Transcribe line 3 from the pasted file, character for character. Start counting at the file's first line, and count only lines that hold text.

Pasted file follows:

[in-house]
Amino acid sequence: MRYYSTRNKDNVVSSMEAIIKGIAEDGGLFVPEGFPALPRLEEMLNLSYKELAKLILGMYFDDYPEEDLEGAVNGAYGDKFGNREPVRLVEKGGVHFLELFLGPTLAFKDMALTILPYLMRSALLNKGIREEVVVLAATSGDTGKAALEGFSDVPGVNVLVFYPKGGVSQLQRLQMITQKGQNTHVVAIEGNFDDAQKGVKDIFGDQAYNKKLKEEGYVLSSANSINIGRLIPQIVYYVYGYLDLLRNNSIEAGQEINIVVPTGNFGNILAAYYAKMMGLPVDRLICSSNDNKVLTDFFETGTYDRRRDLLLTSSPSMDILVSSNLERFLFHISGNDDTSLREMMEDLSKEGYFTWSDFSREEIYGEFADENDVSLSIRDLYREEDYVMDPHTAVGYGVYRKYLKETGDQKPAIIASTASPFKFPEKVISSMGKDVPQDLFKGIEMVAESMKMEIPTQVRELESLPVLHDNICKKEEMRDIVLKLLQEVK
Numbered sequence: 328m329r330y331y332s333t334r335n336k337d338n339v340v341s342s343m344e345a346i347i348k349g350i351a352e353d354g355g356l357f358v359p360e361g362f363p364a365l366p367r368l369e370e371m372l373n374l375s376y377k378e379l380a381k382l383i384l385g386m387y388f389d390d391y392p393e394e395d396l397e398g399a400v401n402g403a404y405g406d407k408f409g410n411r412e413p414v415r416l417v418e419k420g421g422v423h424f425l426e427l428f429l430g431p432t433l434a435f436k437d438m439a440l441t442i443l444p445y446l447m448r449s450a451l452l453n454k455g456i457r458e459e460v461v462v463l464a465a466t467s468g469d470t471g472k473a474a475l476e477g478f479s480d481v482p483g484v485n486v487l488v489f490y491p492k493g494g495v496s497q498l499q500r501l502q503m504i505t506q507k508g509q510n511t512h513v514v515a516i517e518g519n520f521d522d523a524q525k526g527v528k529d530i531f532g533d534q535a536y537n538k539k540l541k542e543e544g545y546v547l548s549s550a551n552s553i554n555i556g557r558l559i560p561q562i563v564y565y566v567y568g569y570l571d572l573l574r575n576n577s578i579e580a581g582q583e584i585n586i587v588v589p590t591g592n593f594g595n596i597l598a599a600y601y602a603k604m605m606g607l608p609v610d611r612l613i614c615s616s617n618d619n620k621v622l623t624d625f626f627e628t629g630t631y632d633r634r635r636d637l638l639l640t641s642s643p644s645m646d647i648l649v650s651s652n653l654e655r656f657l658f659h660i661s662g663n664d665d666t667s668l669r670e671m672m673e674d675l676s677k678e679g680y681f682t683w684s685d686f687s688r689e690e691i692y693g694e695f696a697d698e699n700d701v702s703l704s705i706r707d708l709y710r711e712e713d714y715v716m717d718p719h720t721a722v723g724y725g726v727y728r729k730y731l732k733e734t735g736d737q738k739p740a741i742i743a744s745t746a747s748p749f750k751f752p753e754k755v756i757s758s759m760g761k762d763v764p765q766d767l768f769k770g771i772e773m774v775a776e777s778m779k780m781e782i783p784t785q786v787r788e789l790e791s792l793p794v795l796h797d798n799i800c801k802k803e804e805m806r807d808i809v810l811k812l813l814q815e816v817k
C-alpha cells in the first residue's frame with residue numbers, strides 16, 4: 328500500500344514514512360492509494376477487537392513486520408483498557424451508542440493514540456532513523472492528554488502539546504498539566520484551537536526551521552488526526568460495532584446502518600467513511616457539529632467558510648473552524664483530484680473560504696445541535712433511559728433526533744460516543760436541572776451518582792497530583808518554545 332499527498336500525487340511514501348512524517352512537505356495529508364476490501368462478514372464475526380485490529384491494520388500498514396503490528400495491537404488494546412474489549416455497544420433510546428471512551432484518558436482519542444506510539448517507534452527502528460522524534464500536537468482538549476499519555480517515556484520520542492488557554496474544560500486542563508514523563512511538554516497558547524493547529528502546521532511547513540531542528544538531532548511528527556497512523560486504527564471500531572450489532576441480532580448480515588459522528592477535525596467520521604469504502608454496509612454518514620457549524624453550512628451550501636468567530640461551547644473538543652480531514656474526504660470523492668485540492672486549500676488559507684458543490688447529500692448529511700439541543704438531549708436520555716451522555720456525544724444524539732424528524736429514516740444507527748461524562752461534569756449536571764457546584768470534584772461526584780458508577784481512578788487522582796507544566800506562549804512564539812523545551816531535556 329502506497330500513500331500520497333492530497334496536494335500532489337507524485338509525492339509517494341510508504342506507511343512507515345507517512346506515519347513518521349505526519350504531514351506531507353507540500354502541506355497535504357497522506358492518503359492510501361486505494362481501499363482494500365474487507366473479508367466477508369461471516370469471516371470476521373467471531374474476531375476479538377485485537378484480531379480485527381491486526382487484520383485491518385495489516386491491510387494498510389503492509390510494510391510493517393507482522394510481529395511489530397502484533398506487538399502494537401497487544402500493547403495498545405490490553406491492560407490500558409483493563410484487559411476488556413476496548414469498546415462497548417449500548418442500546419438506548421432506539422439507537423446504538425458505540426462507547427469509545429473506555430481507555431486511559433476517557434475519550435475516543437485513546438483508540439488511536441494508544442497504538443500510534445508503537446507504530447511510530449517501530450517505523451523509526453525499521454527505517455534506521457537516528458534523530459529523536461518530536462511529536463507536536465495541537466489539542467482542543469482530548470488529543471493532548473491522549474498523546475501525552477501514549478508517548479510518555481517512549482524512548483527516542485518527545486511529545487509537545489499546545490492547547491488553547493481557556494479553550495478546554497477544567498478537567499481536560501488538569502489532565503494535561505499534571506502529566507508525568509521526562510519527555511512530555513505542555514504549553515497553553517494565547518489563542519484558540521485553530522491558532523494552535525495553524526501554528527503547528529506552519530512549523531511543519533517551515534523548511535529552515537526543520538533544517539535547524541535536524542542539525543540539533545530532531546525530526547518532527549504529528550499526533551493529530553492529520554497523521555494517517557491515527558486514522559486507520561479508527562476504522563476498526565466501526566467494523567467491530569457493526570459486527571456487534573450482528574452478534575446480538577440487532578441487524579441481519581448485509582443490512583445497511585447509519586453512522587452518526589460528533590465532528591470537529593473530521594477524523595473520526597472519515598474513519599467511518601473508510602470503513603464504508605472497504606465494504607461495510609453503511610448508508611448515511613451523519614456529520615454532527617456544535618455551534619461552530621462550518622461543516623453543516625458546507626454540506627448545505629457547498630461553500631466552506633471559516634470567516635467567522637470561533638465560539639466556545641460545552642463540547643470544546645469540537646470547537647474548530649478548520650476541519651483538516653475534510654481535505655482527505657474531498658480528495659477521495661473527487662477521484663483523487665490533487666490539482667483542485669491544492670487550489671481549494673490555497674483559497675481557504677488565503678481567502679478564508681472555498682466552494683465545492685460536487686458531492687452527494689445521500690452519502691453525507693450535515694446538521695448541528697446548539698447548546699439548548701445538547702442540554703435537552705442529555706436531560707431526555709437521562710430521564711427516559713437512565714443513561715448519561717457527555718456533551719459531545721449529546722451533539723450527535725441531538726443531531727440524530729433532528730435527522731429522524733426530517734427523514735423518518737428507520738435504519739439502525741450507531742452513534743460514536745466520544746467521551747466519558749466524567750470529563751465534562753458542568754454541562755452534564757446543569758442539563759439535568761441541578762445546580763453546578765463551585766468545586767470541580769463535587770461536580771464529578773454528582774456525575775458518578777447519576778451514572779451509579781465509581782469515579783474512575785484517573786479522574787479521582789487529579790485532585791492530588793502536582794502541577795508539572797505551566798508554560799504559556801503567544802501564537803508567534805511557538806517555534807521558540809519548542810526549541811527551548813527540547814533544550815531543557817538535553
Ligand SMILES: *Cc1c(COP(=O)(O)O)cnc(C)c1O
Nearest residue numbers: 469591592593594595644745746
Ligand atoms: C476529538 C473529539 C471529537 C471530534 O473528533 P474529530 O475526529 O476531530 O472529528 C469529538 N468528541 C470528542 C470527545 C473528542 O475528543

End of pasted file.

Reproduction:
Numbered sequence: 328m329r330y331y332s333t334r335n336k337d338n339v340v341s342s343m344e345a346i347i348k349g350i351a352e353d354g355g356l357f358v359p360e361g362f363p364a365l366p367r368l369e370e371m372l373n374l375s376y377k378e379l380a381k382l383i384l385g386m387y388f389d390d391y392p393e394e395d396l397e398g399a400v401n402g403a404y405g406d407k408f409g410n411r412e413p414v415r416l417v418e419k420g421g422v423h424f425l426e427l428f429l430g431p432t433l434a435f436k437d438m439a440l441t442i443l444p445y446l447m448r449s450a451l452l453n454k455g456i457r458e459e460v461v462v463l464a465a466t467s468g469d470t471g472k473a474a475l476e477g478f479s480d481v482p483g484v485n486v487l488v489f490y491p492k493g494g495v496s497q498l499q500r501l502q503m504i505t506q507k508g509q510n511t512h513v514v515a516i517e518g519n520f521d522d523a524q525k526g527v528k529d530i531f532g533d534q535a536y537n538k539k540l541k542e543e544g545y546v547l548s549s550a551n552s553i554n555i556g557r558l559i560p561q562i563v564y565y566v567y568g569y570l571d572l573l574r575n576n577s578i579e580a581g582q583e584i585n586i587v588v589p590t591g592n593f594g595n596i597l598a599a600y601y602a603k604m605m606g607l608p609v610d611r612l613i614c615s616s617n618d619n620k621v622l623t624d625f626f627e628t629g630t631y632d633r634r635r636d637l638l639l640t641s642s643p644s645m646d647i648l649v650s651s652n653l654e655r656f657l658f659h660i661s662g663n664d665d666t667s668l669r670e671m672m673e674d675l676s677k678e679g680y681f682t683w684s685d686f687s688r689e690e691i692y693g694e695f696a697d698e699n700d701v702s703l704s705i706r707d708l709y710r711e712e713d714y715v716m717d718p719h720t721a722v723g724y725g726v727y728r729k730y731l732k733e734t735g736d737q738k739p740a741i742i743a744s745t746a747s748p749f750k751f752p753e754k755v756i757s758s759m760g761k762d763v764p765q766d767l768f769k770g771i772e773m774v775a776e777s778m779k780m781e782i783p784t785q786v787r788e789l790e791s792l793p794v795l796h797d798n799i800c801k802k803e804e805m806r807d808i809v810l811k812l813l814q815e816v817k